Jersey would be “much poorer” were it not for the man who worked behind the scenes to fend off international criticism and “attacks” to “save the day”, a former Chief Minister has said.
The tribute to Colin Powell CBE came from former Chief Minister Frank Waker, who said he was “deeply shocked” to learn of his passing yesterday.
Mr Powell passed away peacefully on Monday 13 May.
Once Jersey’s most senior politician, Mr Walker once had a close working relationship with the Cambridge-educated economist, who is widely regarded as creating the blueprint for the island’s finance-oriented economy.
Pictured: Frank Walker, former Chief Minister, shared his memories of Mr Powell with Express.
He began advising the States of Jersey in 1969, quickly proving himself invaluable.
Within two years, he had produced one of the most important writings on Jersey in the past century: a detailed focused dissection of the island’s make-up.
The economically avant-garde survey covered everything from agricultural crop patterns to sewage treatment, and even touched on issues only coming to the fore today: the importance of monitoring immigration, protecting the environment and the age-old question of what to do about Fort Regent.
But, most importantly, it was an early marker of his destiny as architect of Jersey’s largest industry and biggest employer: the £1bn finance industry.
As finance grew, however, so did the international scrutiny on the island’s alleged status as a ‘tax haven’ and question marks over whether it could be used as a channel to launder criminal cash.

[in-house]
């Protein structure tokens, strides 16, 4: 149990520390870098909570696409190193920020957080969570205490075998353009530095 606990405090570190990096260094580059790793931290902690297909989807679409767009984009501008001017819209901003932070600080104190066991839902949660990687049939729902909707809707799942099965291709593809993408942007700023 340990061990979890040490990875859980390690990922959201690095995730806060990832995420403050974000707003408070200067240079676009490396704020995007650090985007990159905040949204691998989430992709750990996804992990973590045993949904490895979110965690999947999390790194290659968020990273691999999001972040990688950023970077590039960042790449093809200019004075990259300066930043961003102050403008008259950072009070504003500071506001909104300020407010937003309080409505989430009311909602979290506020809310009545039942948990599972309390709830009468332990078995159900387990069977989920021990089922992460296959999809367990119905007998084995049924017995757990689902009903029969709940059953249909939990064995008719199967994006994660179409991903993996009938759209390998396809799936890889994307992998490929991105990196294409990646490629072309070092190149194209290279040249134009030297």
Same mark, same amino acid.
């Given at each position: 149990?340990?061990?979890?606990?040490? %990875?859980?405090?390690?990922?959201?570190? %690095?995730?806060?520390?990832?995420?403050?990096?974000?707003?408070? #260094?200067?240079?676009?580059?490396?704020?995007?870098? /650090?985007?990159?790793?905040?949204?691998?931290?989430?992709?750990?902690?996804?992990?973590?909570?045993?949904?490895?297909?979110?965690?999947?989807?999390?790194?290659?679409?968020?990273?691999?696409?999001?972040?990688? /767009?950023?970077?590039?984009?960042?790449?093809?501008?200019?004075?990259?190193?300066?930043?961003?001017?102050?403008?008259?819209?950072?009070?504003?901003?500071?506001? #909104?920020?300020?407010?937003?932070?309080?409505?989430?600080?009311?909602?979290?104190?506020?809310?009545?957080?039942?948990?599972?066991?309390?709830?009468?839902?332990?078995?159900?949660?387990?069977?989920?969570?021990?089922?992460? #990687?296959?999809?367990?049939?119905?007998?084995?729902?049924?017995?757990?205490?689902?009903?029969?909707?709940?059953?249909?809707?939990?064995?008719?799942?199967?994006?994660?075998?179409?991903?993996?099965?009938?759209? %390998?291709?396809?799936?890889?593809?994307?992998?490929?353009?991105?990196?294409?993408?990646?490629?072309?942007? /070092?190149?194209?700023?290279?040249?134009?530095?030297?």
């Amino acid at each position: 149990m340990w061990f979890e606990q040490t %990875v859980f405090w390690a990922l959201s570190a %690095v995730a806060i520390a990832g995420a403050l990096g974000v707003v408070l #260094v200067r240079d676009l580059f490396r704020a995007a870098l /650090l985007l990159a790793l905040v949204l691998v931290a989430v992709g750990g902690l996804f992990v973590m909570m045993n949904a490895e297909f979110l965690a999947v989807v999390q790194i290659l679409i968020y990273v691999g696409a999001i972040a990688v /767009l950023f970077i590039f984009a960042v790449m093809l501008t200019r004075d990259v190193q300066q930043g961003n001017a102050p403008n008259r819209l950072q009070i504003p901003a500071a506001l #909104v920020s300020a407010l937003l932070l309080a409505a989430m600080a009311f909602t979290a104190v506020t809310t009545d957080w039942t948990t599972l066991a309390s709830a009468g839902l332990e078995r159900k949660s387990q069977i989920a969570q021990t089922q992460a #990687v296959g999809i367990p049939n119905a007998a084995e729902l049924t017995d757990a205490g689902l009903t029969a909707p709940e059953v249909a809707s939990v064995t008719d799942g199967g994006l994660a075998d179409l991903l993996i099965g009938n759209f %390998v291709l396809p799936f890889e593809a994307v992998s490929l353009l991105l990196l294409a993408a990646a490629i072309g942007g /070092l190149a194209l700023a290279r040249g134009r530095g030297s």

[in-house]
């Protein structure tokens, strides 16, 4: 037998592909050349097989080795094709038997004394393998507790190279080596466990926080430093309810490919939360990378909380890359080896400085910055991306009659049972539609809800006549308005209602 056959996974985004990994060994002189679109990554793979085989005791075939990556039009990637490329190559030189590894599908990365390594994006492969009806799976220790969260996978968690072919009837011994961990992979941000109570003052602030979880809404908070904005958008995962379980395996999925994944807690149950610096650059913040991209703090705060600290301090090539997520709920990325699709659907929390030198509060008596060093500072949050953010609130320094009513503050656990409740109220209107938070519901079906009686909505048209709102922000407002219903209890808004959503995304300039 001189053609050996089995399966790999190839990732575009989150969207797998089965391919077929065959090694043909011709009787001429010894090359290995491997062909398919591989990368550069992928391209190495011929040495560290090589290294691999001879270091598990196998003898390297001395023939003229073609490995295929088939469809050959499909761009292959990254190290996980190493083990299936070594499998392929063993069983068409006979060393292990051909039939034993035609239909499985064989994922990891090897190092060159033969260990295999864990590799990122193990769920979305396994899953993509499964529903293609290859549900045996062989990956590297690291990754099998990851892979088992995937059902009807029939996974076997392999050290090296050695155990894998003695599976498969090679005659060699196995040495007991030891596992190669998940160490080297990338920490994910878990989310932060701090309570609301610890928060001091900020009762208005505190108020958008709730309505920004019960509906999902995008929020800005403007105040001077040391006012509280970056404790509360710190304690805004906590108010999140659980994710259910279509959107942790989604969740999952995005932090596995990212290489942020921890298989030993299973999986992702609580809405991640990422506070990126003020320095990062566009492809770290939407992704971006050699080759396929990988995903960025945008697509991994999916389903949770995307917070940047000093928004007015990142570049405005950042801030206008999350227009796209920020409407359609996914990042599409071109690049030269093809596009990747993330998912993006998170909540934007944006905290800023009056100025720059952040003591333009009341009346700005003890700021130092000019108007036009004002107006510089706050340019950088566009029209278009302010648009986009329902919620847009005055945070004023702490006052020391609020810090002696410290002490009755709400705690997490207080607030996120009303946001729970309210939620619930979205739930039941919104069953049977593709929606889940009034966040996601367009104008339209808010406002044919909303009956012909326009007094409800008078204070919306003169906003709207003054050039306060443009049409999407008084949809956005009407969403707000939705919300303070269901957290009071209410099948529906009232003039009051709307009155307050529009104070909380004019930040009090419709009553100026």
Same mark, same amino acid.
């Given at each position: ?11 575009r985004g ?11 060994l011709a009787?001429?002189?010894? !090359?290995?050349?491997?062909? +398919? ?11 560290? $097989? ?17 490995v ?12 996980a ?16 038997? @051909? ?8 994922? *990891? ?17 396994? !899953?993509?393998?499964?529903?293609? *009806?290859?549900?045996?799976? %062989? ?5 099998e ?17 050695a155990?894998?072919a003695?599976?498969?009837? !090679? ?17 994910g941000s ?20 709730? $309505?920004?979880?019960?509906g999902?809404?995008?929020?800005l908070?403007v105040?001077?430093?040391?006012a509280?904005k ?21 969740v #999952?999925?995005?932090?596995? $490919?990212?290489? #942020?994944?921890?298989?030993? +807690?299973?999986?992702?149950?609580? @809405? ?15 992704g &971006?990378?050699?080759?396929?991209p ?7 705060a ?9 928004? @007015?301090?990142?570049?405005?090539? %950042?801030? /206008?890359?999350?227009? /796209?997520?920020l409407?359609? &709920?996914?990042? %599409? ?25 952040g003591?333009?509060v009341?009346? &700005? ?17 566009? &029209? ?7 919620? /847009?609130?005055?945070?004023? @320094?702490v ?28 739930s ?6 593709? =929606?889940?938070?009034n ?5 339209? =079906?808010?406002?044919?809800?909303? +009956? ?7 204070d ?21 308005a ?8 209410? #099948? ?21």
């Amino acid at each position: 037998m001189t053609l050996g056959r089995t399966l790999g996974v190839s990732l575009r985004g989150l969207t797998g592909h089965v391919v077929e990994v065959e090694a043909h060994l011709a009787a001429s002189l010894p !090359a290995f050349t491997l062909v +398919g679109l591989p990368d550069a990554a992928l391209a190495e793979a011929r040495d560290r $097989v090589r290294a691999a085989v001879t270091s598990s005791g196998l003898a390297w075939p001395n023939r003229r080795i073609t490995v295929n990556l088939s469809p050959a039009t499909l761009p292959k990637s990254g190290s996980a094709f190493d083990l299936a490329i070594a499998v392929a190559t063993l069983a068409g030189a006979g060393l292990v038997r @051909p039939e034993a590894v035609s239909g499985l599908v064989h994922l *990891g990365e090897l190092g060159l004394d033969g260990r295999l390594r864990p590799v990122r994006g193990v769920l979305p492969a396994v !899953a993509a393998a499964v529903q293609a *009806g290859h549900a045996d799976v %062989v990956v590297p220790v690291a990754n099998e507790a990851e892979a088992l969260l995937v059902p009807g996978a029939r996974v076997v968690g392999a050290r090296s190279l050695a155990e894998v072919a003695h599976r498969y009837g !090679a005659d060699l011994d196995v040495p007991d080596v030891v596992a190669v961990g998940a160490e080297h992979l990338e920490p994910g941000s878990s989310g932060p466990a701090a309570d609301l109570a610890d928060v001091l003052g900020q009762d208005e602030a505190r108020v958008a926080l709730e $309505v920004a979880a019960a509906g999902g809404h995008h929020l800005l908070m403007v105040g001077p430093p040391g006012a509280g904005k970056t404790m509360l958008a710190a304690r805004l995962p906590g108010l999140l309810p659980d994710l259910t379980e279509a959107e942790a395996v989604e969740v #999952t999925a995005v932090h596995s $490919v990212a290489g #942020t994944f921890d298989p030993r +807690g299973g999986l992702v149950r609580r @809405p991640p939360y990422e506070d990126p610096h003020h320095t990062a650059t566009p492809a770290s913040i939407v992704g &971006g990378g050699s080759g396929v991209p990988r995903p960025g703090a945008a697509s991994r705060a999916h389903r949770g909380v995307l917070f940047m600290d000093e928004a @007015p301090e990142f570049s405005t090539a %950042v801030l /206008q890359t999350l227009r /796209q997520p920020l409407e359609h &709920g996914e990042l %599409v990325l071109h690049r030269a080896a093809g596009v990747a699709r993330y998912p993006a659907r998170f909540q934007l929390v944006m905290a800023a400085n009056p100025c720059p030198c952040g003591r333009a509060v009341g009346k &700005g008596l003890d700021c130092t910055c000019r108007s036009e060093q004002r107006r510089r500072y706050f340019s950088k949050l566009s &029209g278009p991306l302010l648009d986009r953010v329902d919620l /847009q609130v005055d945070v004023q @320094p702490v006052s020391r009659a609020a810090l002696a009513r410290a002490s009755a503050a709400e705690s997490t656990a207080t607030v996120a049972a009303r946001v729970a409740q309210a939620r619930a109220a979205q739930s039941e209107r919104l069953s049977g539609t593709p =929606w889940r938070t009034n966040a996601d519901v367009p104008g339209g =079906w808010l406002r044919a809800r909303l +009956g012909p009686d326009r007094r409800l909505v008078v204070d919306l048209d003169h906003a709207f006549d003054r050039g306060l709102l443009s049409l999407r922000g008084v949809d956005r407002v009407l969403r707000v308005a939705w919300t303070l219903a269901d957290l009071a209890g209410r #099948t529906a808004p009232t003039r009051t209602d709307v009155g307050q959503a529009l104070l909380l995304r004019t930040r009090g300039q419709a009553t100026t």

Pictured: Mr Powell "didn't know how to retire", according to former Chief Minister Frank Walker.
It was at this point Mr Powell found himself no longer in the position of architect, but as arch defender of the island – a position he defended robustly, but with modesty, as Mr Walker told Express.
“There are so many achievements, it’s impossible to pick one particular moment out. Certainly, one of them for me would have been when we attended a very difficult OECD meeting in Paris and Colin was so convincing, so persuasive and at the same time so charming that when he presented Jersey’s case, he won the day for us. That was one of so many occasions of when he won the day for Jersey.
“It was almost an accepted fact that if Colin was going in to bat on behalf of Jersey… the results were going to turn out well for us.”
And as recently as this year, Mr Powell was still working on “saving the day” for Jersey, having turned his attention to fighting attempts by UK politicians to impose public registers of company ownership on the island, as he revealed in his final interview with Connect.
It was his gentlemanly character, Mr Walker recalled, that was his great strength in any negotiation.
“He was very hard-nosed when it came to defending Jersey, but he had a natural charm about him and a wonderful ability to get on with people from all walks of life and a fantastic sense of humour… He always had this ability to make sure we were seen in the right light, and that many of the false impressions that have abounded and continue to abound about Jersey internationally were corrected and our true position very clearly put forward and understood.”
Pictured: Mr Powell was recently helping in the fight against the UK parliament imposing public beneficial ownership registers.